Why Watch?


  • The arrival of writer/director Chandor, fully formed
  • A great cast on top form
  • A thriller from finance – remarkable
  • John Paino’s formidable production design


© Steve Morrissey 2014



Margin Call – at Amazon





Inland Empire

Laura Dern and fantasy girls in Inland Empire


A movie for every day of the year – a good one



9 February



Carole King born, 1942

On this day in 1942, the singer/songwriter Carole King was born, as Carole Klein, in New York.

A prodigious talent who was playing piano at four, she had formed her own band in high school. Writing songs from her early teens, she was a professional while still in college, where one of her ex boyfriends, Neil Sedaka wrote the hit Oh Carol for her in 1959.

It was however Jerry Goffin she married and went into songwriting partnership with. Together they wrote Take Good Care of My Baby, Will You Still Love Me Tomorrow and The Locomotion, among 100 chart hits, including Aretha Franklin’s Natural Woman and James Taylor’s You Got a Friend. Her friendship with Taylor led to her expanding her solo work. After a split from her husband and a move to Laurel Canyon in Los Angeles, she released her second solo album, Tapestry, in 1971. Marking the high water mark of the early 1970s singer/songwriter boom, the album has sold more than 25 million copies and at the time of writing is still in the Billboard 200.




Inland Empire (2006, dir: David Lynch)

This is it, the last film made by David Lynch, who has since announced his retirement, though he continues to produce adverts for Dior, music videos for the likes of Duran Duran, his intention being to focus on music rather than film-making for now at least.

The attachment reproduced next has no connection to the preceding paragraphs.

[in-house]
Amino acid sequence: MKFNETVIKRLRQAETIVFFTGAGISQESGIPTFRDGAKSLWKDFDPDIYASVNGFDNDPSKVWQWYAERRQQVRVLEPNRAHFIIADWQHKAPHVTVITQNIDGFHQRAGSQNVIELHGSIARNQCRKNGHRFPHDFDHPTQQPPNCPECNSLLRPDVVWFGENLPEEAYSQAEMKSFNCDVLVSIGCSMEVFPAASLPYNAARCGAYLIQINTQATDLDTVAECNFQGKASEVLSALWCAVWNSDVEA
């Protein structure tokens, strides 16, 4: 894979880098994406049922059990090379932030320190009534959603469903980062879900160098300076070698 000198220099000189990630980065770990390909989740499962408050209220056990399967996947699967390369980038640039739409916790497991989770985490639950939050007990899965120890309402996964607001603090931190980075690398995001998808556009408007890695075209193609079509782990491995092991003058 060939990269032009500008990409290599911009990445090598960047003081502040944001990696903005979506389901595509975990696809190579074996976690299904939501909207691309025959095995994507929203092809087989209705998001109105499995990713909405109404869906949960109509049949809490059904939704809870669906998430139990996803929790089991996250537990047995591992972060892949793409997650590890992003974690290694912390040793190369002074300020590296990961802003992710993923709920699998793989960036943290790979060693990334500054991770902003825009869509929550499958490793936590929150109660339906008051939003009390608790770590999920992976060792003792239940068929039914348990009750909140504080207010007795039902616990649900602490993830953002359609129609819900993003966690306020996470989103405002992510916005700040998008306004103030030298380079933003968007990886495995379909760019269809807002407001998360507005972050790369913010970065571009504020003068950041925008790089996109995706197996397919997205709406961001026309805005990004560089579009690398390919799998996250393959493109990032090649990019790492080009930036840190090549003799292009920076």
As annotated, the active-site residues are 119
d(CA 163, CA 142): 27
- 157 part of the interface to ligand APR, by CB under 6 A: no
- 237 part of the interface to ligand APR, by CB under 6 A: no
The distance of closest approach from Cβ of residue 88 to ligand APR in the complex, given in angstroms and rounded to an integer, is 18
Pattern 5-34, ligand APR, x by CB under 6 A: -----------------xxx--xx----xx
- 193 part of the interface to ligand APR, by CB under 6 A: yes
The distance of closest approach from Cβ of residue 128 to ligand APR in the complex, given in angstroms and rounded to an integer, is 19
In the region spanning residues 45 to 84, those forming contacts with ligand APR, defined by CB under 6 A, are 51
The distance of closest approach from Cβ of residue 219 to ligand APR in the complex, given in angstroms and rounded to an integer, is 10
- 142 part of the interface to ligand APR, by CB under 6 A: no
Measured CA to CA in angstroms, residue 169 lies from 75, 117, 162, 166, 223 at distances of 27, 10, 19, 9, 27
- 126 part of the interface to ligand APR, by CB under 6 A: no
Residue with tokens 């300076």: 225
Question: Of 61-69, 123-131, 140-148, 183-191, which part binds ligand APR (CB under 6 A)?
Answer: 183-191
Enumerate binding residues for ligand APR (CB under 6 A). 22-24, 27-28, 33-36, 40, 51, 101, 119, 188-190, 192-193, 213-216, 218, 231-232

But it is the perfect Lynchian farewell, a gift for the fans who were hoping for something suitably weird from the director of Eraserhead, Blue Velvet and Twin Peaks. And weird it undoubtedly is, like a film playing very loud in another room down a hotel corridor, and at its centre Laura Dern, who the IMDb insists is playing two character but it seemed to me more like three or four.

And here’s the difficult plot bit: Dern plays a fading actress who lands a part in an overcooked melodrama, discovers that it’s actually an unfinished project and that its original stars were murdered. As she journeys further into the identity of the character and the woman who originally played the part, she increasingly starts to disappear into her own inland empire. I think.

Shot on the hoof with no script, with a camera you could buy for buttons in a supermarket, Inland Empire was literally made up as it went along, Lynch shooting scenes that grabbed his fancy and then stitching them all together in post-production.

So of course it’s chaotic, dreamlike, artificial, infuriating and almost impossible to follow – are we watching Dern as the actress, as the character she’s playing, as the murdered actress, as a strongly imagined fantasy character? They’re all up for grabs.

Giant rabbits feature, would it be a Lynch film if they didn’t? Pop music, 1950s decor, non-sequitur dialogue, uneasy shifts between black and white and colour, between Poland and the USA, grotesque stylisation, foreign languages, Lynch keeps piling on the alienation until, poor viewer, you’re forced to abandon any attempt to wrest meaning from the whole thing and instead become a screen across which Lynch projects his neurotic psychodrama.

And at exactly this point, way way into the three hours that the film runs, it starts to make a sort of schizophrenic sense.



Why Watch?


  • David Lynch’s final film, so he says
  • Jeremy Irons and Justin Theroux’s supporting roles
  • Naomi Watts voices one of the giant rabbits
  • Goffin and King’s The Loco-Motion in an entirely new light


© Steve Morrissey 2014



Inland Empire – at Amazon